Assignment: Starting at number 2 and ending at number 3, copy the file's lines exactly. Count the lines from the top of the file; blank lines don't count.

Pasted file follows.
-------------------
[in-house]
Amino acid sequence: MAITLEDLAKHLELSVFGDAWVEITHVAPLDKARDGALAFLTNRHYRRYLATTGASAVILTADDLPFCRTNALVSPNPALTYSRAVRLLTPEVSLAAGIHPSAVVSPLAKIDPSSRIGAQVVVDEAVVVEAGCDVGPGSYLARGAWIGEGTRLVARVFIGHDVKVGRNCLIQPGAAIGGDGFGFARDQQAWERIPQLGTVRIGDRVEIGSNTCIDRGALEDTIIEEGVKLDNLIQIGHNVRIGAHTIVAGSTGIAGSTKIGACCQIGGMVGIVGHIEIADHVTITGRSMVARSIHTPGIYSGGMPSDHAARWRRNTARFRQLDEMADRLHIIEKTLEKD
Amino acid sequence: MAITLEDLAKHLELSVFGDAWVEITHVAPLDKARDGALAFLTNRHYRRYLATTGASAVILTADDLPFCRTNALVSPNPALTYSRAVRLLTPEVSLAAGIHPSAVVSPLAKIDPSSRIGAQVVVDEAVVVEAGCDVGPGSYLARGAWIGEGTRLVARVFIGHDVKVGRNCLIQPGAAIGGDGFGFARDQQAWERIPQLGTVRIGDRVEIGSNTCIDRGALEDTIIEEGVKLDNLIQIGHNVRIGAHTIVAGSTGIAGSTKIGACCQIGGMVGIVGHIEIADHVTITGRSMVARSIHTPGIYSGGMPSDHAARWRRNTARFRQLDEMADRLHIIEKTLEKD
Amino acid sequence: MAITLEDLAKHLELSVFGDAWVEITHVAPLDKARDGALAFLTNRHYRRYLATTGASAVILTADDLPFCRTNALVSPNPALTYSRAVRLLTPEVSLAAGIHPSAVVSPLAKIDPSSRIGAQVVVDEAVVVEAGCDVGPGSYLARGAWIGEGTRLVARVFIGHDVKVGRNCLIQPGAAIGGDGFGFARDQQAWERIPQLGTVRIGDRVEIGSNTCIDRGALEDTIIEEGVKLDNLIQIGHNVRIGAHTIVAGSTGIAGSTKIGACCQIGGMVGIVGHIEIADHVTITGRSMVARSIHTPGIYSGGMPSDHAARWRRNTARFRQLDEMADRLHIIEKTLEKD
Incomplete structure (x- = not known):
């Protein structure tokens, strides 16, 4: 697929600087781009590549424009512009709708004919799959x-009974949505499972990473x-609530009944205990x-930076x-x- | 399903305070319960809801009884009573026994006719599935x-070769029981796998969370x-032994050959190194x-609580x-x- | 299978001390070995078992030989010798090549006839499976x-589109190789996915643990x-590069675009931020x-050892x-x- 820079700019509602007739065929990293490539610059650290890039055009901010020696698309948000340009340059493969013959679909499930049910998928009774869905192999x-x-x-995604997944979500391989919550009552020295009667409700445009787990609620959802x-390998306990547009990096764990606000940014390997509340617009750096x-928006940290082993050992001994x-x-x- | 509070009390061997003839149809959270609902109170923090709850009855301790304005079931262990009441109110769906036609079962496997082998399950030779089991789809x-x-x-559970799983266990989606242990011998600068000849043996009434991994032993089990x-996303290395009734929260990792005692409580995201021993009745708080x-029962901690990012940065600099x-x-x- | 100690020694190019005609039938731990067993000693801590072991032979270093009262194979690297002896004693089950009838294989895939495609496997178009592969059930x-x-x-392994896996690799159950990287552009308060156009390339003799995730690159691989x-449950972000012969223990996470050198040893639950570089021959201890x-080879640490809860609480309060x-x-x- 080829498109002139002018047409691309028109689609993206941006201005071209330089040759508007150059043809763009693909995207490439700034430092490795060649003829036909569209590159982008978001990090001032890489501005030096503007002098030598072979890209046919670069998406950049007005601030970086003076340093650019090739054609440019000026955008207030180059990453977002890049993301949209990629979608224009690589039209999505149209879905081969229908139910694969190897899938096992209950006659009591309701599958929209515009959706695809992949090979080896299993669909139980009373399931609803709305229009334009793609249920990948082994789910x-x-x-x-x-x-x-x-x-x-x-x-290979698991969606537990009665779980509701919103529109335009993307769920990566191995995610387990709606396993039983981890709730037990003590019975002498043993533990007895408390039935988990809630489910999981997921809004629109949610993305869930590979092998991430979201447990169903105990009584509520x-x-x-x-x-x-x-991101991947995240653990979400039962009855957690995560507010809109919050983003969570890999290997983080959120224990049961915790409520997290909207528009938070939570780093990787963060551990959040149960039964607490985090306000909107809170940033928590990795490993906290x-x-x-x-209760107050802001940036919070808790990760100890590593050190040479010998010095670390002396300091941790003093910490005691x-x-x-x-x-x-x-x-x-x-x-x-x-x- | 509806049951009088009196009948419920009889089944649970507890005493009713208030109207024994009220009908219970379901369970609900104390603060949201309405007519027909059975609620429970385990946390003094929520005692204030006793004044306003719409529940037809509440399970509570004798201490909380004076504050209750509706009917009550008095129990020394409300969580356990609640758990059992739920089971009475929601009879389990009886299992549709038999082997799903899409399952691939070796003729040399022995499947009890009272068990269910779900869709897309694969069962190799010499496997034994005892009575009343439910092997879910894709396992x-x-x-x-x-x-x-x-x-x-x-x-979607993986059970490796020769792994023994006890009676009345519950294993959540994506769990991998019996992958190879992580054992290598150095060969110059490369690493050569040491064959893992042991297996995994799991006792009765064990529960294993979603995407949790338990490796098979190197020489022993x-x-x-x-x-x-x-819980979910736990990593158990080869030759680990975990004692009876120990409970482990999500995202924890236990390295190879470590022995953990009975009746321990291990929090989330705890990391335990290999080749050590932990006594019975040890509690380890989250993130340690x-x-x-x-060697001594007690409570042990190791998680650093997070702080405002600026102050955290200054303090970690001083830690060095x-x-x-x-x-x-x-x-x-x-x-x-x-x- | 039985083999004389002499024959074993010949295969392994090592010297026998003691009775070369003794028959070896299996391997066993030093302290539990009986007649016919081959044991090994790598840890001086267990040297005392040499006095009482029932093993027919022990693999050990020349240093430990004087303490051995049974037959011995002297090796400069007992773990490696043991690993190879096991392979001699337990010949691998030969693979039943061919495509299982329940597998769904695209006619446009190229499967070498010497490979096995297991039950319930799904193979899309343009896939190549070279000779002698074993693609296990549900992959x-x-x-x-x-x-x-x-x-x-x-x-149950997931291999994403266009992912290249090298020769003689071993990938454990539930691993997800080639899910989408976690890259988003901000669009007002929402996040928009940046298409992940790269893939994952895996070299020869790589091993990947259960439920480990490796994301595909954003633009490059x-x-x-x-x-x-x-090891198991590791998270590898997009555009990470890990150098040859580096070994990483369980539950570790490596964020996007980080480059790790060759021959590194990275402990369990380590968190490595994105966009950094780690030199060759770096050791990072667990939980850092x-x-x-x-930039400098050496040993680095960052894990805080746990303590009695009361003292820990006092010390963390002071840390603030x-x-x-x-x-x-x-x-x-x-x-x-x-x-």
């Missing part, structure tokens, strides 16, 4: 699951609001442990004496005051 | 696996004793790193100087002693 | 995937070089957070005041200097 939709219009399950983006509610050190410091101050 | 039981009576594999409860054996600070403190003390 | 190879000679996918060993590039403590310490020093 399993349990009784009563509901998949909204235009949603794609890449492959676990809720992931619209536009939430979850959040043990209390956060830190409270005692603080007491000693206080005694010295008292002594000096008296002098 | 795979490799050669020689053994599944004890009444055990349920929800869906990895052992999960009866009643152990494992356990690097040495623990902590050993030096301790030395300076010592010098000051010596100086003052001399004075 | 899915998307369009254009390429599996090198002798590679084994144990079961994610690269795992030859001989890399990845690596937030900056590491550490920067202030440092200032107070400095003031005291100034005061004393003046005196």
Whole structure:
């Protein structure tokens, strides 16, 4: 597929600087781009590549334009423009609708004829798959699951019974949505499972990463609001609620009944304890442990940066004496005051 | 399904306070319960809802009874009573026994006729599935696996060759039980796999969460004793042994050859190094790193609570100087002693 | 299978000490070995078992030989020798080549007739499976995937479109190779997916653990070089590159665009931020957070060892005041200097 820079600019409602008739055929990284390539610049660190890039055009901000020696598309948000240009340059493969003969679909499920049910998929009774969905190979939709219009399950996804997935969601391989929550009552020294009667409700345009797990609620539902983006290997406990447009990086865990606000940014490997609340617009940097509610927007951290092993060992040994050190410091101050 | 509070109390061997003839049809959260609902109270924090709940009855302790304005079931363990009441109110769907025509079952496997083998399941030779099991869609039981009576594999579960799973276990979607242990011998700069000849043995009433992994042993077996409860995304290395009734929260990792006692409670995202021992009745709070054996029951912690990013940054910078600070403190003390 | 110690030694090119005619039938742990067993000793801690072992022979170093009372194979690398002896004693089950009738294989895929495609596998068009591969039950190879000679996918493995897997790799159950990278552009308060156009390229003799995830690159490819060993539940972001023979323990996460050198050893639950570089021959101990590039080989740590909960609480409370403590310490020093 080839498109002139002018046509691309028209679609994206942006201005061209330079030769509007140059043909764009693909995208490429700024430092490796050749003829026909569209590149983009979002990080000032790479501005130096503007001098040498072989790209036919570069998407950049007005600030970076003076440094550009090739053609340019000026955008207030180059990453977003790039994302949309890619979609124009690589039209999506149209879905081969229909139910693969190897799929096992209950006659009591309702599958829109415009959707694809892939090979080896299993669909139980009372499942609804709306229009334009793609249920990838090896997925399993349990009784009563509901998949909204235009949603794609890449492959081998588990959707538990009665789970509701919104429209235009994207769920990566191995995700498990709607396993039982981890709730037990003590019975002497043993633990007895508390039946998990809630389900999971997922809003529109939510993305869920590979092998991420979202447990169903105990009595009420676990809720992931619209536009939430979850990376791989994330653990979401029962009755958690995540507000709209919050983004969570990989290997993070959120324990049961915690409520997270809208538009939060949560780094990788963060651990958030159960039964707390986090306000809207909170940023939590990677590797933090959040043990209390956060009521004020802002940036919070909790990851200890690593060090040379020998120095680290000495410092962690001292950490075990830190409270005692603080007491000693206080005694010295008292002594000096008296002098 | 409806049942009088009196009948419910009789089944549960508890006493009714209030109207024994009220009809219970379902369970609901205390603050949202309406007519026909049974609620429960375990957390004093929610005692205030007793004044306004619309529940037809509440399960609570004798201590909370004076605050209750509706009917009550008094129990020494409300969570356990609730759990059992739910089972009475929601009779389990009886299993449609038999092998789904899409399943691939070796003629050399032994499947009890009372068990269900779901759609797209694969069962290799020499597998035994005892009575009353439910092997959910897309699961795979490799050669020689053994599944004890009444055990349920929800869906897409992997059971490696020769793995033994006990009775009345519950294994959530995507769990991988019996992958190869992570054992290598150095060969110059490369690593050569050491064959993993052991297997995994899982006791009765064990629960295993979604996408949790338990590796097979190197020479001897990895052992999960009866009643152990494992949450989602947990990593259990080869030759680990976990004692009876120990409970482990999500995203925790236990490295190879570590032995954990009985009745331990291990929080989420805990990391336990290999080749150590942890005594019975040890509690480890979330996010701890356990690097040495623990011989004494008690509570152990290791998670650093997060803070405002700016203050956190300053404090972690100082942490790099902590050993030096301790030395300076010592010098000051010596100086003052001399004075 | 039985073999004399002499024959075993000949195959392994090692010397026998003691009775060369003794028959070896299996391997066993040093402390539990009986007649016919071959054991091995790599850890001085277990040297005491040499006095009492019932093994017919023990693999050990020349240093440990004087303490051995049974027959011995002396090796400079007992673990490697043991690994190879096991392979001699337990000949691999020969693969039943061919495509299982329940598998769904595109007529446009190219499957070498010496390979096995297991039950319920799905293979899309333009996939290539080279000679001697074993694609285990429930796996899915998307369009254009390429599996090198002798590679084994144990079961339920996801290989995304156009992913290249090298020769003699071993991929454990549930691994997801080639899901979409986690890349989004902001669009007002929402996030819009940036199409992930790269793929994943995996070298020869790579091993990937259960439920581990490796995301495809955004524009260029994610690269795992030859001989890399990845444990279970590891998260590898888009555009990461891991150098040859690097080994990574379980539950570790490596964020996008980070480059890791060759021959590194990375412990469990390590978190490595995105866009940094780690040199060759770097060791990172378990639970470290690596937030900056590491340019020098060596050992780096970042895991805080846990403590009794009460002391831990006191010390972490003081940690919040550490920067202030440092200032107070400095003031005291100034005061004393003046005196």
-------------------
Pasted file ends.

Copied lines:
Amino acid sequence: MAITLEDLAKHLELSVFGDAWVEITHVAPLDKARDGALAFLTNRHYRRYLATTGASAVILTADDLPFCRTNALVSPNPALTYSRAVRLLTPEVSLAAGIHPSAVVSPLAKIDPSSRIGAQVVVDEAVVVEAGCDVGPGSYLARGAWIGEGTRLVARVFIGHDVKVGRNCLIQPGAAIGGDGFGFARDQQAWERIPQLGTVRIGDRVEIGSNTCIDRGALEDTIIEEGVKLDNLIQIGHNVRIGAHTIVAGSTGIAGSTKIGACCQIGGMVGIVGHIEIADHVTITGRSMVARSIHTPGIYSGGMPSDHAARWRRNTARFRQLDEMADRLHIIEKTLEKD
Amino acid sequence: MAITLEDLAKHLELSVFGDAWVEITHVAPLDKARDGALAFLTNRHYRRYLATTGASAVILTADDLPFCRTNALVSPNPALTYSRAVRLLTPEVSLAAGIHPSAVVSPLAKIDPSSRIGAQVVVDEAVVVEAGCDVGPGSYLARGAWIGEGTRLVARVFIGHDVKVGRNCLIQPGAAIGGDGFGFARDQQAWERIPQLGTVRIGDRVEIGSNTCIDRGALEDTIIEEGVKLDNLIQIGHNVRIGAHTIVAGSTGIAGSTKIGACCQIGGMVGIVGHIEIADHVTITGRSMVARSIHTPGIYSGGMPSDHAARWRRNTARFRQLDEMADRLHIIEKTLEKD